Sunday, November 29, 2015

Promises Fulfilled -- Advent 1C

14 The days are surely coming, says the Lord, when I will fulfill the promise I made to the house of Israel and the house of Judah. 15 In those days and at that time I will cause a righteous Branch to spring up for David; and he shall execute justice and righteousness in the land. 16 In those days Judah will be saved and Jerusalem will live in safety. And this is the name by which it will be called: “The Lord is our righteousness.”   [Jeremiah 33:14-16 (NRSV)]

Since I'm not preaching this morning, I thought I might share a brief reflection on the reading from the Hebrew Bible. It is a word from Jeremiah to exiles, who worry about their future.

We all want to live lives that are safe and secure. It's true there are those who push the boundaries of safety, but even climbers and skydivers try to make sure that there actions are relatively safe. There is a thrill of defying the odds, but it's a good chance one will survive.  In daily life, however, we like security. We lock our doors. We wear our seat belts while driving, Many of us buy life insurance, just to be safe.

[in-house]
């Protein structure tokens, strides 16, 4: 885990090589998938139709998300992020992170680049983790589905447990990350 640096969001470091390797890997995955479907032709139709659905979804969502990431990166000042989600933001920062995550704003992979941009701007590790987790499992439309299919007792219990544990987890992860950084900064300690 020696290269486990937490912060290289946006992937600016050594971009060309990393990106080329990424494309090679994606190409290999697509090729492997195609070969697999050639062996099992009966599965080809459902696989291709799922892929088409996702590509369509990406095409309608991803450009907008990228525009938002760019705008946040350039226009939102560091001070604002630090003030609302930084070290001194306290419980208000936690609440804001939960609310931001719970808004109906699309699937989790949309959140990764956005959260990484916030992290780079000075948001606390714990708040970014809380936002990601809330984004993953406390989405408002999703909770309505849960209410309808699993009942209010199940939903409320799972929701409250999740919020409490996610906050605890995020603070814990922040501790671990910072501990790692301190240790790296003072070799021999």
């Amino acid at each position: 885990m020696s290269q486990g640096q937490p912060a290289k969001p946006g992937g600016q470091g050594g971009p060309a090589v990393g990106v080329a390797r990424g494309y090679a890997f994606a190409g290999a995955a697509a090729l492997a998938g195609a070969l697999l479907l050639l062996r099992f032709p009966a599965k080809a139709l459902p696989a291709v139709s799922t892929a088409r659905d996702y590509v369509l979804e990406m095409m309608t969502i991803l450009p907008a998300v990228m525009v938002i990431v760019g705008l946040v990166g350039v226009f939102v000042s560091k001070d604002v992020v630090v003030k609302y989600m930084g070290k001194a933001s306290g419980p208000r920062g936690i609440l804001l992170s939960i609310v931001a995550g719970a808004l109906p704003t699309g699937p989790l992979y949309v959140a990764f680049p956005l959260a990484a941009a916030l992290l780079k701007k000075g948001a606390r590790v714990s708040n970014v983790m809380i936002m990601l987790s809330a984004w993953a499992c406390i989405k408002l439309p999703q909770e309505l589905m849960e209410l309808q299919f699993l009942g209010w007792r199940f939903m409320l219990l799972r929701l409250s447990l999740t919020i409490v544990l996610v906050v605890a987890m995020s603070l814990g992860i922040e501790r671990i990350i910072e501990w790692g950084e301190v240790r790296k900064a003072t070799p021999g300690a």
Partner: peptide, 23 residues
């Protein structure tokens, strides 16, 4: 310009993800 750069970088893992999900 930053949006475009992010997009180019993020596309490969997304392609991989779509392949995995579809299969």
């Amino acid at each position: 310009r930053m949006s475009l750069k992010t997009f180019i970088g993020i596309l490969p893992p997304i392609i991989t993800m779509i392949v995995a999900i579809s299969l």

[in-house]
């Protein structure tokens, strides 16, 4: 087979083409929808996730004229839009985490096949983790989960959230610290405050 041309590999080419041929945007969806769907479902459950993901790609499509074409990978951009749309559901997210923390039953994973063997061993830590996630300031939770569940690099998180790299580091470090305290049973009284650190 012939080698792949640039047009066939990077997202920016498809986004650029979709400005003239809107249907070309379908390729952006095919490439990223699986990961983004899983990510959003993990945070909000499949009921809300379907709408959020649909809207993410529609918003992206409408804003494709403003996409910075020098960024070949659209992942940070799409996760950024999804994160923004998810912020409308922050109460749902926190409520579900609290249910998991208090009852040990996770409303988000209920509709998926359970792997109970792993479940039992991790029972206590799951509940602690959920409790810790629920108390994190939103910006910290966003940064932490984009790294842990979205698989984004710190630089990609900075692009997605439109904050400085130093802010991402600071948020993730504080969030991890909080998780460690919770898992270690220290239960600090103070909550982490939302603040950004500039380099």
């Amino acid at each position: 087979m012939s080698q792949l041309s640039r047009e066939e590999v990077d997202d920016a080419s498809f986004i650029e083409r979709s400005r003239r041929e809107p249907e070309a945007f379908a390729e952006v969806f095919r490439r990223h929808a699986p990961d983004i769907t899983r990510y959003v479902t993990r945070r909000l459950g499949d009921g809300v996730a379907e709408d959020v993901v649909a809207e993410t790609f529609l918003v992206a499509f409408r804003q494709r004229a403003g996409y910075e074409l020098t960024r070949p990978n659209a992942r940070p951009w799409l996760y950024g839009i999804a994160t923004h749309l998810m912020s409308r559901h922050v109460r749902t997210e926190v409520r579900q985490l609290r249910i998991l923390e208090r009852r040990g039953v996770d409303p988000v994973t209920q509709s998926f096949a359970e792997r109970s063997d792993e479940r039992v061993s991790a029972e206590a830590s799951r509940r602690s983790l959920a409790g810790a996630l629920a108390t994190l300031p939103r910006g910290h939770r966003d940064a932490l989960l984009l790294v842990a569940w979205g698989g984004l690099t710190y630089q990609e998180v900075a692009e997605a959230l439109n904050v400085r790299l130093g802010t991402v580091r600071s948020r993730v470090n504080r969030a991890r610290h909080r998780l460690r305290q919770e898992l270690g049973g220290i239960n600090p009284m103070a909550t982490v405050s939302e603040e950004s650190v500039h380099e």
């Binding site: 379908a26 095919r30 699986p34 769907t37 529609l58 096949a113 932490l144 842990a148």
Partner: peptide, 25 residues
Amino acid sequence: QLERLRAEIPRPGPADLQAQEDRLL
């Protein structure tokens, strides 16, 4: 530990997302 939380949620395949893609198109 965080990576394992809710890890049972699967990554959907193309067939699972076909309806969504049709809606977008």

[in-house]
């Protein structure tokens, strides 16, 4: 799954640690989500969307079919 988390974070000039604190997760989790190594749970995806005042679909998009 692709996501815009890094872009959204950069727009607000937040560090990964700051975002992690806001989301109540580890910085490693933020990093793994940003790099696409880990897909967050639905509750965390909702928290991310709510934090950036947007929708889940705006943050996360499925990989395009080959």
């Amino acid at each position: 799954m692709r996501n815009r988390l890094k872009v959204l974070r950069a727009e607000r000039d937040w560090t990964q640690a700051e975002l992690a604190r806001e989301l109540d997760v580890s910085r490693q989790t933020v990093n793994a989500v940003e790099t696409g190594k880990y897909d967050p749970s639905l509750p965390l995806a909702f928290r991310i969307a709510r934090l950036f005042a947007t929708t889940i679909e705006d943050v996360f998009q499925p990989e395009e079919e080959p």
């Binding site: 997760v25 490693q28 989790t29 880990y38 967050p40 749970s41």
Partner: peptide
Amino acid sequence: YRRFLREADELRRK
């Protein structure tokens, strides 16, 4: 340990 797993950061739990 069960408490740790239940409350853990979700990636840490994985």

Jeremiah writes to members of the Jewish community living in exile. He tells them that the days are coming when God will fulfill the promises made to the people. There will be a day when the people will be saved and safe, for "the Lord is our righteousness." We live in a dangerous world. We know about the dangers of living in places like Syria and Iraq. After all millions are fleeing the region. But a gunman in Colorado Springs reminds us that our safety can be challenged at home. More often than not the threat comes not from outside our communities, but within. Indeed, much of the violence perpetrated in this country is found within the family structure. Domestic violence makes the home less than safe. Diana Butler Bass writes:

Home is a vulnerable space, offering possibilities of care and tenderness to be sure, but also an open pathway for those who choose to make psychological, emotional, or physical advantage. Indeed, home-centered violence can be so destructive that some social scientists refer to it as "intimate terrorism." [Grounded, p. 177] 
Ancient Judah experienced the violence of exile. They had lost everything. They could easily lost hope, but Jeremiah tells them to hang on. The days are coming when God will act in fulfillment to promises made. We need to stand against violence in all its forms. We need stand with those who are confronted by such violence, for the Lord is our righteousness. 

May we take this Advent journey with an eye and ear toward those who live with the threat of violence and hopelessness. May we be agents of grace and hope to them in this season of joy, so that a sense of security might cover them.   

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